Now that the forebaffle is attached, I need to prep the source. The idea behind the measurement is to place an artificial microwave source that emits over the range of frequencies that our telescope sees, around 150 GHz, high in the sky, and then to measure the detector response to the source as a function of angle between the two. In the lab, I adjust the power settings inside the source box and cover it with microwave absorber to prevent stray reflections.
Next I take it outside and attach it to our source mast. We want the source to be relatively far away from the telescope so we can observe it at all angles, so we have installed a 50-foot tall mast that can be lowered to the ground. I turn a crank on the mast to raise the source back into the air. It’s a real workout, especially because I’ve messed up the alignment and have to raise and lower the mast twice more to get it right!
Finally, before starting the measurements, we’ve noticed that some snow has accumulated inside the ground shield. As the junior grad student on the project it falls to me to grab a broom and sweep the snow out.Now, it’s time to take some data! I log into the control computer and run a schedule that tells the telescope to scan across the source in azimuth at different elevation angles. The schedule takes about 30 hours to complete, after which we will make plots of the detectors’ beam profiles. For now, though, it’s time to head back to the station for lunch.Back in MAPO at 1:30 pm, I’m going to help out with some in-lab work. Of the five receivers that make up the Keck Array, only two are in the mount taking data. The other three have been moved to the lab for upgrades and testing. Today, I’m going to help “close up” one receiver for which we’ve just replaced the focal plane.We call our receivers “cryostats” because they are cooled to cryogenic temperatures — the focal plane is held at just 250 mK, just above absolute zero! This is necessary because the detectors are Transition Edge Sensor (TES) bolometers, which are essentially thermometers with extremely high sensitivity. To reach this sensitivity, the detectors need to be held at low temperatures in order to become superconducting. The cryostat has several stages held at different temperatures: 300 K (room temperature, or the outer layer), 50 K, 4K, and 250 mK. The 50 K and 4 K stages are cooled by a pulse tube, while a closed-cycle Helium-3 sorption fridge provides the rest of the cooling.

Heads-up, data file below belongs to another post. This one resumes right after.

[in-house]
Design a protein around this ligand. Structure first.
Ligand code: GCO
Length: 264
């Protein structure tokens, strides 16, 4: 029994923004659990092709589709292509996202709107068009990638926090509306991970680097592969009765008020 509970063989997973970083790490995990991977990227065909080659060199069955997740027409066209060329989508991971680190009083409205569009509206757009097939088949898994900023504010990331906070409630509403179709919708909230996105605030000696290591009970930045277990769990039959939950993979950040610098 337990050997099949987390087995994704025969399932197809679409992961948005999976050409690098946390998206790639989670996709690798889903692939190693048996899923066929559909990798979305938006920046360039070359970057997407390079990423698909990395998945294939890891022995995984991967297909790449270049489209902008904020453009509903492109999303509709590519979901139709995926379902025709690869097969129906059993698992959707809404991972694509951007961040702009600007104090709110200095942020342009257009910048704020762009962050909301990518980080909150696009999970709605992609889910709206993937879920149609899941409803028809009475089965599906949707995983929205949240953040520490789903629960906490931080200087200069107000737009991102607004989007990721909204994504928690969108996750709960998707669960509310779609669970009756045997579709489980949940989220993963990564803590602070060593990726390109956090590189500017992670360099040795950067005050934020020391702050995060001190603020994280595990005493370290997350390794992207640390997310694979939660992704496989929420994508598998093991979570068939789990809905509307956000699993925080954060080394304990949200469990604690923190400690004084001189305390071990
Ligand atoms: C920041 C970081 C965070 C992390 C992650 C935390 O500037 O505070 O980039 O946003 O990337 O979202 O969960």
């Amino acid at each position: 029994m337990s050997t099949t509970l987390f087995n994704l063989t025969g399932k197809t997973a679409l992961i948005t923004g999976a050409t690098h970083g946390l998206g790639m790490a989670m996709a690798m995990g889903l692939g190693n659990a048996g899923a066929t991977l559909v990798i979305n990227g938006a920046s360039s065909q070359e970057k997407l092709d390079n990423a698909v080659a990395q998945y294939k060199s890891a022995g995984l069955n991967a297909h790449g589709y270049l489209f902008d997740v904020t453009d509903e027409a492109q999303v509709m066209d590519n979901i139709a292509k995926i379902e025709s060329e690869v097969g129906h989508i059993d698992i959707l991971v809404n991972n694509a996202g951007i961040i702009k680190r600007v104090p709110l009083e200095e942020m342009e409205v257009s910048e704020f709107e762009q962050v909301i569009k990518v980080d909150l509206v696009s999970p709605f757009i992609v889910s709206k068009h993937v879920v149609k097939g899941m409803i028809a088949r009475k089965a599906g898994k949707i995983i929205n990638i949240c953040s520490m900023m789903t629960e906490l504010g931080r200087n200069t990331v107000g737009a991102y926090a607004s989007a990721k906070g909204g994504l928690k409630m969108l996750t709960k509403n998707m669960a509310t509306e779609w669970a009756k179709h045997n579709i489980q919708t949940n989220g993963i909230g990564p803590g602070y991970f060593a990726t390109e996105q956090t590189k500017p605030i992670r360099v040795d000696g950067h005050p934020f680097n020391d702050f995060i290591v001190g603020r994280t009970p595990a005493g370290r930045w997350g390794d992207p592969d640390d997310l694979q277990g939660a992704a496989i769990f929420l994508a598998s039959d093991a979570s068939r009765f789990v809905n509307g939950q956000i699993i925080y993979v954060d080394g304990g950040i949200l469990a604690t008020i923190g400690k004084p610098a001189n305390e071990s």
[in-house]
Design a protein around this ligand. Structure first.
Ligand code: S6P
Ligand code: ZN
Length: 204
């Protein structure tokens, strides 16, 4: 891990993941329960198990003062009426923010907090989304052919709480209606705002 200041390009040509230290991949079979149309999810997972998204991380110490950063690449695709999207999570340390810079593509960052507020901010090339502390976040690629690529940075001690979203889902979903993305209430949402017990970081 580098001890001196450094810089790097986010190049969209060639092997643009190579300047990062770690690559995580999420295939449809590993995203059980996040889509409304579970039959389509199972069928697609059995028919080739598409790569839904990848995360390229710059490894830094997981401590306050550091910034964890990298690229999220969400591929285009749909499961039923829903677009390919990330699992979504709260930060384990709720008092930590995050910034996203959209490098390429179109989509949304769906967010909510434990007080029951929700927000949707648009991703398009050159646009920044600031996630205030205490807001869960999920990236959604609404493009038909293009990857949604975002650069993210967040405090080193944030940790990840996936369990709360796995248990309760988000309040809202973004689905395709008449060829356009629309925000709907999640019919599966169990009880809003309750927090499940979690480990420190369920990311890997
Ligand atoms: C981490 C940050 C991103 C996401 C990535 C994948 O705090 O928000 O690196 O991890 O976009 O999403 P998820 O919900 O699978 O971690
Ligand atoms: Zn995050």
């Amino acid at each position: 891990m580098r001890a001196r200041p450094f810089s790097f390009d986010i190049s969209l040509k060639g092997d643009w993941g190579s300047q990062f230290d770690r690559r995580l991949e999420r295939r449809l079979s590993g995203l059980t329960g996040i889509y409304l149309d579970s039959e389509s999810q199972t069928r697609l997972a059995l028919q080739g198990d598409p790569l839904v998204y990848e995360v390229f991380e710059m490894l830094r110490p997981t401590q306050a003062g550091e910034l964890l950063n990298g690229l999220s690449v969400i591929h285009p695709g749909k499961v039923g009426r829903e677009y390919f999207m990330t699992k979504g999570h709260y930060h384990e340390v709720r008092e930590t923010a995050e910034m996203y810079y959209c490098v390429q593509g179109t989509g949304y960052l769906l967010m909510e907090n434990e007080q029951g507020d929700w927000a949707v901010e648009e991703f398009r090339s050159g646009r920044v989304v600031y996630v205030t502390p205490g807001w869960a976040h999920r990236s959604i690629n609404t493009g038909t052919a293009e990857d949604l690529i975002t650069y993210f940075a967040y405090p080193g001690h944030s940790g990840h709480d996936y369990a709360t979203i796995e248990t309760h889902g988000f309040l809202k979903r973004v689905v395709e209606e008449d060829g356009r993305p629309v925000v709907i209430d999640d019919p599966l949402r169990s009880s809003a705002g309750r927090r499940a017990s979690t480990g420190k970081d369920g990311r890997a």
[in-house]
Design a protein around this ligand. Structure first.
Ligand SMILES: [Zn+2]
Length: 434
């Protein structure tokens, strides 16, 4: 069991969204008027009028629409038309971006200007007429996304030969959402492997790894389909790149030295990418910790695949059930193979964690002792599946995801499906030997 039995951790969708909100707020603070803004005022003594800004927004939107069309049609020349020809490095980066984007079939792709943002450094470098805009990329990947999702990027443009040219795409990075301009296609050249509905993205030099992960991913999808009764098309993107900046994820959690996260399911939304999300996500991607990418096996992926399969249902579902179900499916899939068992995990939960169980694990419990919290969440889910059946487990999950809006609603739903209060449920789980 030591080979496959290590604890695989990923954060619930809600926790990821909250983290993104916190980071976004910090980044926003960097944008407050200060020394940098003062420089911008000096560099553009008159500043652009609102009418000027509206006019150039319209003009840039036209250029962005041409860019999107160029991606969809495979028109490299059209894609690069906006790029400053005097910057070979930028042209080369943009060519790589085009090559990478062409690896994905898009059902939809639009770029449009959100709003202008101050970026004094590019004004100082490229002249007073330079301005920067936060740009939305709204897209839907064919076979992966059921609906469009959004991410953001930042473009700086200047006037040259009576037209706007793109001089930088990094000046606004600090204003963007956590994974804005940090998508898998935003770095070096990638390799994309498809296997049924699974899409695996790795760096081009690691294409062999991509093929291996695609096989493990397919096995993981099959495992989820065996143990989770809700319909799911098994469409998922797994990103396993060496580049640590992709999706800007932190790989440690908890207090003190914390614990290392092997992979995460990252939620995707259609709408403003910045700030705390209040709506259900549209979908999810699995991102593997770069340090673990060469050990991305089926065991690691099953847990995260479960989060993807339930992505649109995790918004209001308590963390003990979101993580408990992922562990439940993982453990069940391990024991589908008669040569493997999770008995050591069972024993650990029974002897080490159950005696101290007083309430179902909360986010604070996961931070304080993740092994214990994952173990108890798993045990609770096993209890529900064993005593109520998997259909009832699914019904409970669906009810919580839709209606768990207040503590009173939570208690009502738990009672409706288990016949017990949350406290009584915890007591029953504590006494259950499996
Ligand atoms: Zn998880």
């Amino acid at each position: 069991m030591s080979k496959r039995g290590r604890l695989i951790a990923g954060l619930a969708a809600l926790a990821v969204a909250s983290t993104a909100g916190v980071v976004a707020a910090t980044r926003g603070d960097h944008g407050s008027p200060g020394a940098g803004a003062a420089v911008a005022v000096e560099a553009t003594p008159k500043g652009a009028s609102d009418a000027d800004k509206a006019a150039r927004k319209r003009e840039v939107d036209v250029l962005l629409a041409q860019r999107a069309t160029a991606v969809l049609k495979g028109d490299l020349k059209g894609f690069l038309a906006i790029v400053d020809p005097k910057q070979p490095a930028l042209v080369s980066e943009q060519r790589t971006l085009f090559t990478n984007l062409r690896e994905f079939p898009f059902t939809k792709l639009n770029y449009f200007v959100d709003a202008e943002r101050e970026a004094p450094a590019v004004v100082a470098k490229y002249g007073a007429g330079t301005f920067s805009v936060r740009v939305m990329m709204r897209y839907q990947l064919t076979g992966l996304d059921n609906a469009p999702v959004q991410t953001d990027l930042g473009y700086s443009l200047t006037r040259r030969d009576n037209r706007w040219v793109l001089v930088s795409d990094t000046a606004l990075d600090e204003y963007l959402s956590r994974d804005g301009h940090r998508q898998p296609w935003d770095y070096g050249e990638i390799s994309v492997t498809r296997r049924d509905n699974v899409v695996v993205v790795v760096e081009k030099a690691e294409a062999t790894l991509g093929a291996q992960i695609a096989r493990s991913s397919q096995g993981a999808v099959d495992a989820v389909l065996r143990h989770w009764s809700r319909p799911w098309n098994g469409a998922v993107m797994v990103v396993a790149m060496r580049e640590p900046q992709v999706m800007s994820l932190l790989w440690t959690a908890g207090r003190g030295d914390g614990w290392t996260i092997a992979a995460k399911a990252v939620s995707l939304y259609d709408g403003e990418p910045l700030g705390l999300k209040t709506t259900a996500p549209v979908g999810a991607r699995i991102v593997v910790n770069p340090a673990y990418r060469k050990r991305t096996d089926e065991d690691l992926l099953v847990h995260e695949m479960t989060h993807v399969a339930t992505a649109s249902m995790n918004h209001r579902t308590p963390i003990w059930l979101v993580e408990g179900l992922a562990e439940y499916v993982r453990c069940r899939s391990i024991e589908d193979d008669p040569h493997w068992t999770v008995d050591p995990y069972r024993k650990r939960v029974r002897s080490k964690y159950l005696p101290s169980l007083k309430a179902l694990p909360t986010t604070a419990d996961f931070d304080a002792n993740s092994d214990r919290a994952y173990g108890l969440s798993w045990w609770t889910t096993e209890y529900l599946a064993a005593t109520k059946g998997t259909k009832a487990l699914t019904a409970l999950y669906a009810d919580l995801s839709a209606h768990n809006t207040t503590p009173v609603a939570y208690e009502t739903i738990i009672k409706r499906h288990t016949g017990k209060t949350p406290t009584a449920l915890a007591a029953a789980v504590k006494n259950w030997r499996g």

Closing up a receiver means starting at the focal plane and connecting all of the readout and housekeeping electronics, while attaching the necessary optics components in a sort of “Russian Doll” enclosure. It looks a bit like we’re working on a spacecraft, with lots of Mylar and aluminum tape used to prevent microwave light leaks from one stage to another. A closeup will take upwards of a day, so this afternoon we’ll finish the focal plane prep, connect it to the 4K stage, and then attach the optics tube. Tomorrow when we get back, we’ll put the telescope tube inside the outer cryostat shell, pump down to a high vacuum, and then start cooling the receiver down to 250 mK.After a hard day of work, it’s always a relief to get back to the station for dinner. Tonight is a worknight, so after dinner we will convene in the station’s lab and get some analysis work done, and then maybe watch a B-movie before going to bed.In the next installment: a tour of the station, and how we blow off steam at the South Pole!